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A rare opportunity to send a colony ship off-Earth arose.

The target is a somewhat Earth-like planet, with the exception that it was apparently conceived by George Lucas, as it only has one climate and one terrain: Africa-like Savannah.

This poses a specific problem: not every human on Earth is equally adapted to live in Savannah like climate.

To quote from Wikipedia:

Evolution of dark skin pigmentation began around 1.2 million years ago[10] in light-skinned early hominid species after they moved from the equatorial rainforest to the sunny savannas. In the heat of the savannas, better cooling mechanisms were required, which were achieved by the loss of body hair and development of more efficient perspiration. The loss of body hair led to the development of dark skin pigmentation, which acted as a mechanism of natural selection against folate depletion, and to a lesser extent, DNA damage. The primary factor contributing to the evolution of dark skin pigmentation was the breakdown of folate in reaction to ultraviolet radiation; the relationship between folate breakdown induced by ultraviolet radiation and reduced fitness as a failure of normal embryogenesis and spermatogenesis led to the selection of dark skin pigmentation. By the time modern Homo sapiens evolved, all humans were dark-skinned.[3][11][12][13][14][15][16]

Humans with dark skin pigmentation have skin naturally rich in melanin (especially eumelanin), and have more melanosomes which provide a superior protection against the deleterious effects of ultraviolet radiation. This helps the body to retain its folate reserves and protects against damage to the DNA

Now, one solution would be to only recruit the colonists who are already naturally dark skinned and thus better adapted. Africans, maybe Dravidians. However, that solution is not acceptable in the reality of my story (the reason is irrelevant) - the colonist pool must include people of all skin colors and ethnic/racial/national origins. In total, we need to send ~10,000 colonists; and at least 60% would be light skinned.

Having said that, there's no major objection or problem with taking a light-skinned colonists and making them eumelanin-rich and presumably darker skinned. The colonists are guaranteed NOT to object, and whatever forces prevented African-only colony won't affect this either. So, the only problem is, how?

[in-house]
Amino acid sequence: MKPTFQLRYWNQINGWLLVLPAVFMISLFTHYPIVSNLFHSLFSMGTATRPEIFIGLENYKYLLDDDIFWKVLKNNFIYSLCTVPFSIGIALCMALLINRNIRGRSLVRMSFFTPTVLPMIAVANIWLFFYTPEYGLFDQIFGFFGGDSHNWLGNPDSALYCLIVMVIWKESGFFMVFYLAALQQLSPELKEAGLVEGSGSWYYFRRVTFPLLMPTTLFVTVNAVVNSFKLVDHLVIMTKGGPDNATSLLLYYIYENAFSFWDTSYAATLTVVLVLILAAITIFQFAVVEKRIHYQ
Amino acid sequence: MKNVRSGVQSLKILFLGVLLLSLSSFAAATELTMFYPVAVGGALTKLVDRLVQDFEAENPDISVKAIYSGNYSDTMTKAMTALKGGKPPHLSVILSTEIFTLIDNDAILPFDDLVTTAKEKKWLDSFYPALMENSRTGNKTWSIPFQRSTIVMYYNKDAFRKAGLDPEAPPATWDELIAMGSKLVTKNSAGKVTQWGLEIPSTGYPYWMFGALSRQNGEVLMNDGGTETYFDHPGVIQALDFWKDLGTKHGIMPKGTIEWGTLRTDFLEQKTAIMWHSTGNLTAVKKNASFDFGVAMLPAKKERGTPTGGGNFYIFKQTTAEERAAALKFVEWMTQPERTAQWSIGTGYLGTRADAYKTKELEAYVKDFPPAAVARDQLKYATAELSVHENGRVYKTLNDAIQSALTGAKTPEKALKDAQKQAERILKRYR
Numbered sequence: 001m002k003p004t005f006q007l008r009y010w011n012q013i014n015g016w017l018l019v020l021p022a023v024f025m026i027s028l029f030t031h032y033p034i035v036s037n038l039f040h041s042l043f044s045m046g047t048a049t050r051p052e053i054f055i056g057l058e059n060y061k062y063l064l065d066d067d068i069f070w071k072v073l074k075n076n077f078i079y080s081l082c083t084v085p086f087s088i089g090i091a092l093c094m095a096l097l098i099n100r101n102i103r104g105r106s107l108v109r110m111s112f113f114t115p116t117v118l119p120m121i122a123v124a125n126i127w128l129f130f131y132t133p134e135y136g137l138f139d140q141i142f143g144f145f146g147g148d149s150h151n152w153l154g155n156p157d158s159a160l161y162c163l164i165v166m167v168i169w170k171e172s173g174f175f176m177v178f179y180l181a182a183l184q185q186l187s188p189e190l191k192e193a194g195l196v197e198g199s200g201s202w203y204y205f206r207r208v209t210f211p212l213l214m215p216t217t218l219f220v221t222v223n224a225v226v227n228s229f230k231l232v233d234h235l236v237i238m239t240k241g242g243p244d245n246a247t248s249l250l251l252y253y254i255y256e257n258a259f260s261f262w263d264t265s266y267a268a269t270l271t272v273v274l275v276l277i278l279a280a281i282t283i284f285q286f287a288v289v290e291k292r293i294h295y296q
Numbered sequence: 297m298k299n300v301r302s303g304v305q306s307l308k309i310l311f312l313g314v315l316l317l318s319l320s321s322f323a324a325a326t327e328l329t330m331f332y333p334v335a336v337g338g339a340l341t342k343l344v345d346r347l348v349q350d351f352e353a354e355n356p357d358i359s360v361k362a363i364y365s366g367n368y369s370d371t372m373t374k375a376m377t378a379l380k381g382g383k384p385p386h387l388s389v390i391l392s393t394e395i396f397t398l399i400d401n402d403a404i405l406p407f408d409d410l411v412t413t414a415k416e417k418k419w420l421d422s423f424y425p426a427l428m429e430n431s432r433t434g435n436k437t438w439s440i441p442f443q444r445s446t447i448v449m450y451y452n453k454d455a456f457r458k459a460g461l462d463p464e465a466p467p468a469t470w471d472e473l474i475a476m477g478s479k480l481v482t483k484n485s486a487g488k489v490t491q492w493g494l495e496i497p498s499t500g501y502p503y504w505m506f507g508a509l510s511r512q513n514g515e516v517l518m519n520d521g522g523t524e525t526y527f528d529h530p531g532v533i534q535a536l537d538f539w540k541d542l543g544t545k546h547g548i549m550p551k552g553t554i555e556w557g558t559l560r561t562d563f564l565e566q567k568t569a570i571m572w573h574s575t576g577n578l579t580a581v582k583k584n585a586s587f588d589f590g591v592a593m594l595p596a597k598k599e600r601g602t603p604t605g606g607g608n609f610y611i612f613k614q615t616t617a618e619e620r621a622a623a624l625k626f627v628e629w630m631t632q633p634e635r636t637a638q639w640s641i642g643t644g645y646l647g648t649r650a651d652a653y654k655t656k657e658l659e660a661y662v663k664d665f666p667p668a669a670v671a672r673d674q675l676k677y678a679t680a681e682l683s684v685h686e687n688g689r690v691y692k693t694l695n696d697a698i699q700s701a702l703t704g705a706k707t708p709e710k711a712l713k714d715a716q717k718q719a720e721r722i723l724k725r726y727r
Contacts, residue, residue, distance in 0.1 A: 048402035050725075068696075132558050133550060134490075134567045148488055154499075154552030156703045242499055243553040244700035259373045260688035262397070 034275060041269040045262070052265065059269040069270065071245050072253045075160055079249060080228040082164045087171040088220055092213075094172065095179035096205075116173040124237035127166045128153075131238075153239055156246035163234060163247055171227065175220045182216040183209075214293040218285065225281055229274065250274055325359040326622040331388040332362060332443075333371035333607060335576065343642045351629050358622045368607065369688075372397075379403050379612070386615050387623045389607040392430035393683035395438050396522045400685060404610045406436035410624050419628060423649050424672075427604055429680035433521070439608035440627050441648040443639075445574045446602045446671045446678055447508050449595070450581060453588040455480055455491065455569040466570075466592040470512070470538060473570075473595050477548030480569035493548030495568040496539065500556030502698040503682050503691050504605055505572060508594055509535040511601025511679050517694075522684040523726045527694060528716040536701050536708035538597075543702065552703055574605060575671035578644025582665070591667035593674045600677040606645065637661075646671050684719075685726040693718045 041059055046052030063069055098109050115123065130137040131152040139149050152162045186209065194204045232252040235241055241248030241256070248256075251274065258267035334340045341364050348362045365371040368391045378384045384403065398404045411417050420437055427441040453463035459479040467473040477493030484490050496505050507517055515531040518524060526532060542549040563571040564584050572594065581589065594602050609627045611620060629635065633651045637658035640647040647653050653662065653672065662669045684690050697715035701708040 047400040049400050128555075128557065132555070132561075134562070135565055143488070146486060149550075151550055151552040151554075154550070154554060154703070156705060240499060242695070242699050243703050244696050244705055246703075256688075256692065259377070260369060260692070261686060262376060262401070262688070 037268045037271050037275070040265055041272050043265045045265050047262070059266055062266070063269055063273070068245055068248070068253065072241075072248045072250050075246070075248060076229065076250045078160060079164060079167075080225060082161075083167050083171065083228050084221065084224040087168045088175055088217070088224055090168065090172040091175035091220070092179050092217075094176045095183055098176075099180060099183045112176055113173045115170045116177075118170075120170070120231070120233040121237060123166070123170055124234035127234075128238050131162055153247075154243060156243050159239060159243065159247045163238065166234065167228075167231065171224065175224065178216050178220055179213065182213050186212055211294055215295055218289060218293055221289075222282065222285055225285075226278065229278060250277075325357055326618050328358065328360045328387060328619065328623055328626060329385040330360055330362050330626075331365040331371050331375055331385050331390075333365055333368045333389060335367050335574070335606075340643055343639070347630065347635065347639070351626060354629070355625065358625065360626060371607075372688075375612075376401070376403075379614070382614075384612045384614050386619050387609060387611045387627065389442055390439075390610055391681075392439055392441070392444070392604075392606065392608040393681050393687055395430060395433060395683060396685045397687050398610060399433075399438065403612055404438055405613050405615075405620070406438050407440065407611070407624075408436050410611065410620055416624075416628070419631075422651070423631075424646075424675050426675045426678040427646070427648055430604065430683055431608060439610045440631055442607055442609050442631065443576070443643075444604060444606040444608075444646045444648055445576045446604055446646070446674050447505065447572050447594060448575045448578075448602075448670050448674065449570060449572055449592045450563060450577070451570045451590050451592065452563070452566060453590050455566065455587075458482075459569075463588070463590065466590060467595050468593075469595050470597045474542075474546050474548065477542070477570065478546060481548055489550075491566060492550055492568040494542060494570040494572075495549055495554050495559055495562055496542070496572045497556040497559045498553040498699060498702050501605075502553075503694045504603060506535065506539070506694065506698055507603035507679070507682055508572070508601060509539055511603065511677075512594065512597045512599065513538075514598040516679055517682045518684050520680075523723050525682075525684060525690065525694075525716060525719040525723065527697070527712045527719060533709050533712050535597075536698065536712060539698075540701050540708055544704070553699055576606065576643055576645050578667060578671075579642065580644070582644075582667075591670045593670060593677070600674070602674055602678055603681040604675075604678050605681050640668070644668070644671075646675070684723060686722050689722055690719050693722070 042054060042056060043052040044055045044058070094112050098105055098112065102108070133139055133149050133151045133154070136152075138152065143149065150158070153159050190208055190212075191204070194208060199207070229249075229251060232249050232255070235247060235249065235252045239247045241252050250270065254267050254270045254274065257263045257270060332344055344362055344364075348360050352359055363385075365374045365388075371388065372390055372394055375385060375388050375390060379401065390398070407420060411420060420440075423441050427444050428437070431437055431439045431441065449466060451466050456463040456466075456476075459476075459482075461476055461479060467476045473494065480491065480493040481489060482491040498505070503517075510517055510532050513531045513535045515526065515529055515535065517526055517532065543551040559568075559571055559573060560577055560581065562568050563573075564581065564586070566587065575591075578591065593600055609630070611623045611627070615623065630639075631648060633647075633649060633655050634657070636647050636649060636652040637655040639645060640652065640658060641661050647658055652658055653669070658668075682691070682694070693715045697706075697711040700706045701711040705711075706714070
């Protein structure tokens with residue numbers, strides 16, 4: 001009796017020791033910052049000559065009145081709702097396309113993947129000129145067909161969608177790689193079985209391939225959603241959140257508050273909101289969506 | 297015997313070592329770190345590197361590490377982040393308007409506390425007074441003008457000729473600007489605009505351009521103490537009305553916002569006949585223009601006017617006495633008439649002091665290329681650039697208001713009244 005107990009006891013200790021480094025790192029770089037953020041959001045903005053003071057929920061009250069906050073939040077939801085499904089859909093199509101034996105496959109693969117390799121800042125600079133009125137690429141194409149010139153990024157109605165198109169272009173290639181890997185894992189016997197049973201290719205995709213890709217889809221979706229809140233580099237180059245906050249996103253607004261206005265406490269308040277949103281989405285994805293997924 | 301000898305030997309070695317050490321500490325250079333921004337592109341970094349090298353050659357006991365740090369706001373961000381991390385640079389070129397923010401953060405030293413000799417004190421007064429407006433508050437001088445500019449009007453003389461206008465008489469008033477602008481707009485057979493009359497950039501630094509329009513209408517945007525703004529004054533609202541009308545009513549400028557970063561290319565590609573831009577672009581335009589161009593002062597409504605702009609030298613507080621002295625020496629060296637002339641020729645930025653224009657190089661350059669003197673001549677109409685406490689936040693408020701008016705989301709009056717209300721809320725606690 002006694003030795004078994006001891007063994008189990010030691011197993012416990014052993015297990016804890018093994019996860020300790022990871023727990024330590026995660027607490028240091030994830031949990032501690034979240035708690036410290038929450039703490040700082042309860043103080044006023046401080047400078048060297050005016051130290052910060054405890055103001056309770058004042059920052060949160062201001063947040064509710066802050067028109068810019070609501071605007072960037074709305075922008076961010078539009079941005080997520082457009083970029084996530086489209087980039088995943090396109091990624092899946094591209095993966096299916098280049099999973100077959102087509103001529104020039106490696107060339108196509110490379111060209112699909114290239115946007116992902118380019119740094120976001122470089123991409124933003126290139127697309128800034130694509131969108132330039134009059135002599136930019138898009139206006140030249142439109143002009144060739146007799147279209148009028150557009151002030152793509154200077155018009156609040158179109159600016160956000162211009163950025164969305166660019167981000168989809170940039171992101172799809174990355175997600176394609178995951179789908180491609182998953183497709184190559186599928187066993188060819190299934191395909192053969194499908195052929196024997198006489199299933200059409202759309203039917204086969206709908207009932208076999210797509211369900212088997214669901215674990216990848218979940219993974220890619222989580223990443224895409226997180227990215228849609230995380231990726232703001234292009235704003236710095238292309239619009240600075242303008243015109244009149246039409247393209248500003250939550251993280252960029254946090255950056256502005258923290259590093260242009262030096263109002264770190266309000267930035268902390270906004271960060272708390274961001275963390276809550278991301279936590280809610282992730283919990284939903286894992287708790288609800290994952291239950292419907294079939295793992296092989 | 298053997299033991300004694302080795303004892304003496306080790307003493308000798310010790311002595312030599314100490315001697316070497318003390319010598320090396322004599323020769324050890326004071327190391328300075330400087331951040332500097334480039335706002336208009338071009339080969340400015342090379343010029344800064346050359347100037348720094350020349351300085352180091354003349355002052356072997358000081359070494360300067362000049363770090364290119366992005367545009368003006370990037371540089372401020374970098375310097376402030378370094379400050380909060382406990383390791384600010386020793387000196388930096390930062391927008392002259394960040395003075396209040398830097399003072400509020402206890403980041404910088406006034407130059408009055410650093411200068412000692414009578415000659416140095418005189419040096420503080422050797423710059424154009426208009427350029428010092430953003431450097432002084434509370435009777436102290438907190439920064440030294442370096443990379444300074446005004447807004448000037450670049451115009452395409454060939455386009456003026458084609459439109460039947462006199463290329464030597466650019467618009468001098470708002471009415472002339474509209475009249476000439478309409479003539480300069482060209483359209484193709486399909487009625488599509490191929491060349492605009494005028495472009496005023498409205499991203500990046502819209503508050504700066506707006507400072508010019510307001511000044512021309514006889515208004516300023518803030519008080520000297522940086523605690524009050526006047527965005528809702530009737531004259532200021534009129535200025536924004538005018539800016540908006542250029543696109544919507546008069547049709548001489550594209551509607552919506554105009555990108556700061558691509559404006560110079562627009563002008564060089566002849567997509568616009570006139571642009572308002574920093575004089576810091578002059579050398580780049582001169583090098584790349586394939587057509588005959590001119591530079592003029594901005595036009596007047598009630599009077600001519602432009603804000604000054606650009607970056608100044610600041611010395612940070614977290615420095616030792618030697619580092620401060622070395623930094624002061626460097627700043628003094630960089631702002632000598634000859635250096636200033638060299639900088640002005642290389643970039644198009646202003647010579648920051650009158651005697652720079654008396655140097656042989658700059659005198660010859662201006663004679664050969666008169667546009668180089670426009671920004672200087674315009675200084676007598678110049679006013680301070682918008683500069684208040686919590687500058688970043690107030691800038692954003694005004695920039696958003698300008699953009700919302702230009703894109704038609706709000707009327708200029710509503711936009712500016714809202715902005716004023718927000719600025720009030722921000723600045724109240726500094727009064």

Thus, the question: what would be the best, easiest, least "fiction" way to achieve the goal of turning all - even light skinned - colonists as adapted to Savannah living as dark skinned ones?

"Best" is graded on how close the required science/technology is with what is state of the art in 2015 on Earth today. E.g., "nanoprobes changing someone's DNA" is a possible solution, but clearly nowhere near current state of the art capabilities.

Restrictions:

  • No resupply to the colony in the next 1000 years. Whatever solution is proposed, would need to be done on Earth, in the space of, say, 5 years, and not depend on anything else anyone on Earth can/will do after that.

  • The colony trip is quick. Perhaps a couple of weeks. And the goal is to have the current generation of colonists adapted.

    So any solutions that might involve colonists mating between themselves and having next generation more adaptable on average is NOT in scope.

  • No magic. Realistic science/technology only. Future ones are acceptable, but as per above, the more "futuristic" and unrealistic they are, the less suitable the answer is.

  • A technological solution that would simply allow a light skinned person to survive in Savannah is NOT likely to be in scope: colonists will live in lower-tech society with few spare resources for the first few hundred years. So whatever solution is proposed, it must be something that naturally persists for those hundreds of years without having access to Earth resources.

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  • $\begingroup$ Manipulating human DNA may not be as far away as you think. NASA is already doing research with tardigrades to find out why their DNA repairs itself in the face of UV light. They hope to be able to apply tardigrade-like adaptations for human survival in space. $\endgroup$ – Frostfyre Jul 19 '15 at 3:39
  • $\begingroup$ Sun block/screen lotion anyone? $\endgroup$ – user6760 Jul 19 '15 at 4:30
  • $\begingroup$ @user6760 - can you realistically produce enough to last thousands of colonists on the planet, given typical colony limitations? $\endgroup$ – Viola Molin Jul 19 '15 at 5:07
  • $\begingroup$ @ViolaMolin: skin color is not the only adaptability criterium. Producing shadow and filtering UV is easy enough with today's tech. Please don't disregard other factors like propensity to obesity and hypersudration, as well as other fenotypical features. $\endgroup$ – thwd Jul 19 '15 at 9:09
  • $\begingroup$ That wiki article sounds dubious and rather unscientific. The article's premises is that people began as white-skinned and than only evolved dark skin as they left the rain forest and entered savannas. That is complete conjecture. There's no reason to assume the first humans were white. Also, natural selection is not nearly as important in evolution of humans as 'reproductive selection'. Implying the development of white, melanin deficient populations was achieved through selective breeding. Only in the northern latitudes (less UV) would melanin deficiency not impact survivability. $\endgroup$ – punkerplunk Jul 19 '15 at 15:25
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A trip of a few weeks, but the colony will be left on it's own for 1000 years? Seems extremely unlikely unless they ran off during a war and no one noticed.

Have you looked at the middle east? you don't have to be black to survive just fine in a hot sunny environment. It's called wearing the proper clothes. It is much cheaper than forcing a genetic or cosmetic change on %60+ percent of your colonists.